Refractory Materials Handling Onsite

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    Refractory Materials Handling Onsite

    Onsite Refractory Materials handling involves the movement, protection, storage and control of refractory materials throughout the various stages of warehousing, distribution, consumption and disposal.

    This article; a continuation from a previous article entitled Refractory Materials Handling Offsite briefly describes the handling of refractory materials once they arrive at the end user’s premises. It covers environmental exposure, offloading, stacking and installation among other aspects.

    Destination

    On receipt of refractory stock, it is imperative that refractory specifications, data sheets quantities, physical state, shapes and descriptions are checked and compared against order documentation. This process assists in checking and ascertaining that delivered material is what has been delivered is as per order. Each particular type of refractory must always be stack in one place or row for trace ability purposes and ease of extraction during installation works.

    The golden rule is that only a maximum of three to four pallets can be stack on top of each other to avoid and minimize refractory damage due to overloading or falling. A location plan of how materials are stored is always important at the end. Each row must have a clear display or label of the content. This idea helps define a work plan and make it easy for refractory movement during shutdown and maintenance works.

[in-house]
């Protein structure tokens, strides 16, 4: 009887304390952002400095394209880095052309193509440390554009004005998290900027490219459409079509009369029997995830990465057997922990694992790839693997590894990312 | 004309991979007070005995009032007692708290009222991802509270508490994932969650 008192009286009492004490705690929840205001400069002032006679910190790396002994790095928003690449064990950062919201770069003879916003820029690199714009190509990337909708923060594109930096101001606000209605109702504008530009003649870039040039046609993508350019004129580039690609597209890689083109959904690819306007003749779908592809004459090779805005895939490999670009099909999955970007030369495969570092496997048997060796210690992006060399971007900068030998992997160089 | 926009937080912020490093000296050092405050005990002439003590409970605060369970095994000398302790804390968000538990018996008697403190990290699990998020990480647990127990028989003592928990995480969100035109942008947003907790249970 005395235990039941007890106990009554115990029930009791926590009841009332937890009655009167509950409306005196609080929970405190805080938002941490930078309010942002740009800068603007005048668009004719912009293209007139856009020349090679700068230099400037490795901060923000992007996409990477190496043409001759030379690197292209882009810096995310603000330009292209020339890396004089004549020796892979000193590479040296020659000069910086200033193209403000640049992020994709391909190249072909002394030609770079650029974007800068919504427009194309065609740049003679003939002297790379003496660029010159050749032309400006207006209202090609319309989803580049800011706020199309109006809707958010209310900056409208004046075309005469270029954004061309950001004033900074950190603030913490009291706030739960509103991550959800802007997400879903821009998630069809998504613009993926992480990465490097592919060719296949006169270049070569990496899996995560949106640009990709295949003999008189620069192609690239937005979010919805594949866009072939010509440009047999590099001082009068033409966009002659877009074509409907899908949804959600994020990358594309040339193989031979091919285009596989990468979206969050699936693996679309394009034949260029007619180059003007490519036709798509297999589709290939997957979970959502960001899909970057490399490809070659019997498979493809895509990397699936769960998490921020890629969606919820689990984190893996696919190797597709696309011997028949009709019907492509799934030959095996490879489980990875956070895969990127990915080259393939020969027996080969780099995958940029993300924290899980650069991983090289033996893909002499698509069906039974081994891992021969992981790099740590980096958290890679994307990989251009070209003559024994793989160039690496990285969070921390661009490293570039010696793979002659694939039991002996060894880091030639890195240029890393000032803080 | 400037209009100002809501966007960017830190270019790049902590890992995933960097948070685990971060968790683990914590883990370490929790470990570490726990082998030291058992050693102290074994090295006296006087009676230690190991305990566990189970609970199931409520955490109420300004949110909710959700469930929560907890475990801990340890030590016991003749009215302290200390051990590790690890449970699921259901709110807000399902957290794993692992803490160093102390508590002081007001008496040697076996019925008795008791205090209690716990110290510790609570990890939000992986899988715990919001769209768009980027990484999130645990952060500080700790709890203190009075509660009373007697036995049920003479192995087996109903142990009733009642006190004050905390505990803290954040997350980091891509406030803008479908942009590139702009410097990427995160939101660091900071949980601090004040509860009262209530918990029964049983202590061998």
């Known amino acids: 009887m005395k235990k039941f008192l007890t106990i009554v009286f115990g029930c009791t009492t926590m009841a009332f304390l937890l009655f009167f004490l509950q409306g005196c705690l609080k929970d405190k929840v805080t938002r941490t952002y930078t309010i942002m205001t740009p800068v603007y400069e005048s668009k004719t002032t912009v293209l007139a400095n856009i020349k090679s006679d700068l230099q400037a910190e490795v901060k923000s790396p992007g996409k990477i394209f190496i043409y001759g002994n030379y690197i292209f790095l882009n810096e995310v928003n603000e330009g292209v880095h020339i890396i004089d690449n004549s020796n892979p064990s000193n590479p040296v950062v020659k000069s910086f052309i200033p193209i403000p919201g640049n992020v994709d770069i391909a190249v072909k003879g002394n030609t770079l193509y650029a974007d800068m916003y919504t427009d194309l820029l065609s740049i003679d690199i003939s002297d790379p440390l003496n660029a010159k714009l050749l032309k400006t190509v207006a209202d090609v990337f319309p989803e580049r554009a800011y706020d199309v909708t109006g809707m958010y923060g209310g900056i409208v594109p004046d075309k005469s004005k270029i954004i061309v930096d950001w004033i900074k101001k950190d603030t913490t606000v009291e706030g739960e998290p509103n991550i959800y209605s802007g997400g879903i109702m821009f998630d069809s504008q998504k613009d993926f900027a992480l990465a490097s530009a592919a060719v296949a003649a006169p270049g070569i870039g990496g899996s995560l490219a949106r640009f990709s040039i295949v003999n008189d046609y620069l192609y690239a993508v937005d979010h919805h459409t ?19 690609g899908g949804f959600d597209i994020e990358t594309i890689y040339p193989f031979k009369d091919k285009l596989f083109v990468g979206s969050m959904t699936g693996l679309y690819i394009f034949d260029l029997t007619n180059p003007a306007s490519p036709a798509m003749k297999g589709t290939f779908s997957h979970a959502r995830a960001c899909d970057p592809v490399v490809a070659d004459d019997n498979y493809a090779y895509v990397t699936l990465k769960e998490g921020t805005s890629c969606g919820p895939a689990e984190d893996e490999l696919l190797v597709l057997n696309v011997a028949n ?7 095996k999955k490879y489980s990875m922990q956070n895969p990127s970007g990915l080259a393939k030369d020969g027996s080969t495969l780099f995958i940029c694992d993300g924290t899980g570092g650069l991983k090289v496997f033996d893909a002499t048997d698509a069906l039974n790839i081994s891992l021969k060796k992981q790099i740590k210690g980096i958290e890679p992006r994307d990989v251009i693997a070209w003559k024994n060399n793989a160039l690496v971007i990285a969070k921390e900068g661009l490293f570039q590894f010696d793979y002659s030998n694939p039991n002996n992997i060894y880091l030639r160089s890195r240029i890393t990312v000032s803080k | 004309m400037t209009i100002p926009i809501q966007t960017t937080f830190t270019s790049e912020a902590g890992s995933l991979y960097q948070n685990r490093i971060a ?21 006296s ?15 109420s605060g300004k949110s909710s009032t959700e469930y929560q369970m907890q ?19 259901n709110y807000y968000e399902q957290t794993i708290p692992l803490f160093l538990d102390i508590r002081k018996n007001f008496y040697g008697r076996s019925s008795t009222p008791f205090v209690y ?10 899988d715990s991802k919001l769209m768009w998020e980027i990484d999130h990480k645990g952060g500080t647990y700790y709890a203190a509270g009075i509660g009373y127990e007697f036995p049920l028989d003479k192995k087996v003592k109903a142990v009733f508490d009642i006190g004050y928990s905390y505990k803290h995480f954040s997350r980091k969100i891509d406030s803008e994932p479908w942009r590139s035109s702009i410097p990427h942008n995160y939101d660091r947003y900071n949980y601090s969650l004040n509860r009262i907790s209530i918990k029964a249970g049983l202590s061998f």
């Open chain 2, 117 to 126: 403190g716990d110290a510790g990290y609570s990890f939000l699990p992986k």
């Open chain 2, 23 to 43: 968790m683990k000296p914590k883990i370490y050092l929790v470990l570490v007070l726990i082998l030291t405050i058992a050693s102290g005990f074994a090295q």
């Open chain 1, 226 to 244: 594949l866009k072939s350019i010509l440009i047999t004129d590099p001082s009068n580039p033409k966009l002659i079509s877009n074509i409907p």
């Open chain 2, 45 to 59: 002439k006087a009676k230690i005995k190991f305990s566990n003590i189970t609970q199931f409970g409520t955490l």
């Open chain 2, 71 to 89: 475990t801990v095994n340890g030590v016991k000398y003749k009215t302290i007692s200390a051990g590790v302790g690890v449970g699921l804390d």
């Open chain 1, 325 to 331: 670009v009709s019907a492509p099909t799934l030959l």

Refractory bricks must never be driven over, dropped or impacted or scratched by forks of a forklift or mobile equipment. Refractory bricks must never be bruised. Surfaces must be intact to ensure close contact and bonding on installation. Failure to achieve tight contact renders the surface susceptible to heat penetration on the furnace or kiln surface thereby resulting in refractory failure, red spots, hot spots and shell deformation if not attended to urgently. Furthermore shell damage may result in an un-safe act and accident, even loss of life and property.

    Consequences of Poor Refractory Handling

    • Hydrated and /or defective refractory
    • Wrong refractory delivery and under-delivery
    • Delays and mistakes in refractory movement from stores to working site
    • Project execution delays due to material shortages
    • Premature refractory failure
    • Increased cost of production due to premature refractory failure

     

    For companies that outsource refractory installation services, it would be highly beneficial to involve the contractor from the time of refractory material collection in order to ensure effective, efficient and comprehensive refractory materials handling before and during a shutdown.

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